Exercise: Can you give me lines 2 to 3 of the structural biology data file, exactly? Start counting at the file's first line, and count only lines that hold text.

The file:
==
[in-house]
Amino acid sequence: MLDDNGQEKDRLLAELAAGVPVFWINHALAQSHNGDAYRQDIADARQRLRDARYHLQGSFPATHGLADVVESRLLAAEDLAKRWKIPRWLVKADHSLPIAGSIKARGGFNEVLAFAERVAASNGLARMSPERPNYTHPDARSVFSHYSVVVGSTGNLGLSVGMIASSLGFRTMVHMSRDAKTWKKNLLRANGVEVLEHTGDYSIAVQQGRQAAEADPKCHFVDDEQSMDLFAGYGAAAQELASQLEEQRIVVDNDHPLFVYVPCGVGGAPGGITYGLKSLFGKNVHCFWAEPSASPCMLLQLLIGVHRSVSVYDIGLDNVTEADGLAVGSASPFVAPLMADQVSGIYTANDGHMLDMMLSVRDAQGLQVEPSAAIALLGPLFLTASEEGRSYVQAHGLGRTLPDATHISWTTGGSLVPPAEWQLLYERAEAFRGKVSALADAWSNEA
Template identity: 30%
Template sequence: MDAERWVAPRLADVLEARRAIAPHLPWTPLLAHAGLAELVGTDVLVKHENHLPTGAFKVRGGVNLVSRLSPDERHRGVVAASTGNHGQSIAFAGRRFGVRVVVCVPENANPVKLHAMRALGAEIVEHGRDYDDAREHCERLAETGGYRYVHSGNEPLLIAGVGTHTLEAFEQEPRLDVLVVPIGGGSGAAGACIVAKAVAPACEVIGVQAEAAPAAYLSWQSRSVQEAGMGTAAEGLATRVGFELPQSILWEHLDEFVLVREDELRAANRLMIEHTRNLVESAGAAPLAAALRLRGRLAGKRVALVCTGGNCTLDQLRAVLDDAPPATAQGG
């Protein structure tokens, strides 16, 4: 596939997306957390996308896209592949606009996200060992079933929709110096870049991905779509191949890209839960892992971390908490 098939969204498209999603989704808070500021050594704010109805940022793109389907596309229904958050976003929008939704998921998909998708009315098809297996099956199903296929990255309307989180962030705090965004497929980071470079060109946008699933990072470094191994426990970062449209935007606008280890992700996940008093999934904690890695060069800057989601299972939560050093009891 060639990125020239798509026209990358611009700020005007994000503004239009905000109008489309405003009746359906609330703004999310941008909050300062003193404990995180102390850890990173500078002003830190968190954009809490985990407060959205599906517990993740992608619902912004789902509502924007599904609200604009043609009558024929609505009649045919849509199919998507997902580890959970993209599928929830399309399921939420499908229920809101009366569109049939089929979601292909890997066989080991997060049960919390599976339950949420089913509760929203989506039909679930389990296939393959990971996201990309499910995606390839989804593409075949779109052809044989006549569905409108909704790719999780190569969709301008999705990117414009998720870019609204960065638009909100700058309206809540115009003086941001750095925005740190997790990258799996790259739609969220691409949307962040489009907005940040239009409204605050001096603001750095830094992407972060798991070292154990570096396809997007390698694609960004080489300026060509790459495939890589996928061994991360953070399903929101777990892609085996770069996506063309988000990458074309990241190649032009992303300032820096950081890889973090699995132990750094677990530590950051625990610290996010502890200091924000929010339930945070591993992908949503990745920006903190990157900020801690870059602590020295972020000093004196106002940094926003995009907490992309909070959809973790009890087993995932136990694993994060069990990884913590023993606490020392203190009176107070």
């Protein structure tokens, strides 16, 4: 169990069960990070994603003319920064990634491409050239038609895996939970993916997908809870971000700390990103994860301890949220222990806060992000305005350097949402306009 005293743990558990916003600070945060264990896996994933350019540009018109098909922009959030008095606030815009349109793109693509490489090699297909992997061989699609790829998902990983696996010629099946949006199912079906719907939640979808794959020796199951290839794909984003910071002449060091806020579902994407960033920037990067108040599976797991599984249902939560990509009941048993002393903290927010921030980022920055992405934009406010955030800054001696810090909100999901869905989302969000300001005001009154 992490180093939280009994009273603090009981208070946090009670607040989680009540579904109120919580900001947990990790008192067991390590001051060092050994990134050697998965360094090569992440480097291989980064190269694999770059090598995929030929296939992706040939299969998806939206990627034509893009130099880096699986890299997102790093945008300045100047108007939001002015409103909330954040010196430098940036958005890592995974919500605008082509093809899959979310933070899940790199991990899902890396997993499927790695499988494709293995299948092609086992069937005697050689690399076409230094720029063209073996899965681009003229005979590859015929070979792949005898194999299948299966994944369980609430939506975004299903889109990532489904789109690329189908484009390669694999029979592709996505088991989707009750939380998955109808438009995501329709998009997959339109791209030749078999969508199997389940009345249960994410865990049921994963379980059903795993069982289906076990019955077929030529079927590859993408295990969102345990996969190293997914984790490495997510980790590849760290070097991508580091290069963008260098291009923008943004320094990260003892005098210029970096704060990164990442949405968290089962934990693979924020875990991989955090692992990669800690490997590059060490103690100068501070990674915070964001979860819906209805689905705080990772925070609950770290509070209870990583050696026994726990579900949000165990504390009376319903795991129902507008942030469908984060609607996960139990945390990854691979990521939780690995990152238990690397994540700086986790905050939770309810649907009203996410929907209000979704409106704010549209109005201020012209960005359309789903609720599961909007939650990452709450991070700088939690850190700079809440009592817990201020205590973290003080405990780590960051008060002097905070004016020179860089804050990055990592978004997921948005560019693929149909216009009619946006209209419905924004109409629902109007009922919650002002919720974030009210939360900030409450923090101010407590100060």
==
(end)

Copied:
Amino acid sequence: MLDDNGQEKDRLLAELAAGVPVFWINHALAQSHNGDAYRQDIADARQRLRDARYHLQGSFPATHGLADVVESRLLAAEDLAKRWKIPRWLVKADHSLPIAGSIKARGGFNEVLAFAERVAASNGLARMSPERPNYTHPDARSVFSHYSVVVGSTGNLGLSVGMIASSLGFRTMVHMSRDAKTWKKNLLRANGVEVLEHTGDYSIAVQQGRQAAEADPKCHFVDDEQSMDLFAGYGAAAQELASQLEEQRIVVDNDHPLFVYVPCGVGGAPGGITYGLKSLFGKNVHCFWAEPSASPCMLLQLLIGVHRSVSVYDIGLDNVTEADGLAVGSASPFVAPLMADQVSGIYTANDGHMLDMMLSVRDAQGLQVEPSAAIALLGPLFLTASEEGRSYVQAHGLGRTLPDATHISWTTGGSLVPPAEWQLLYERAEAFRGKVSALADAWSNEA
Template identity: 30%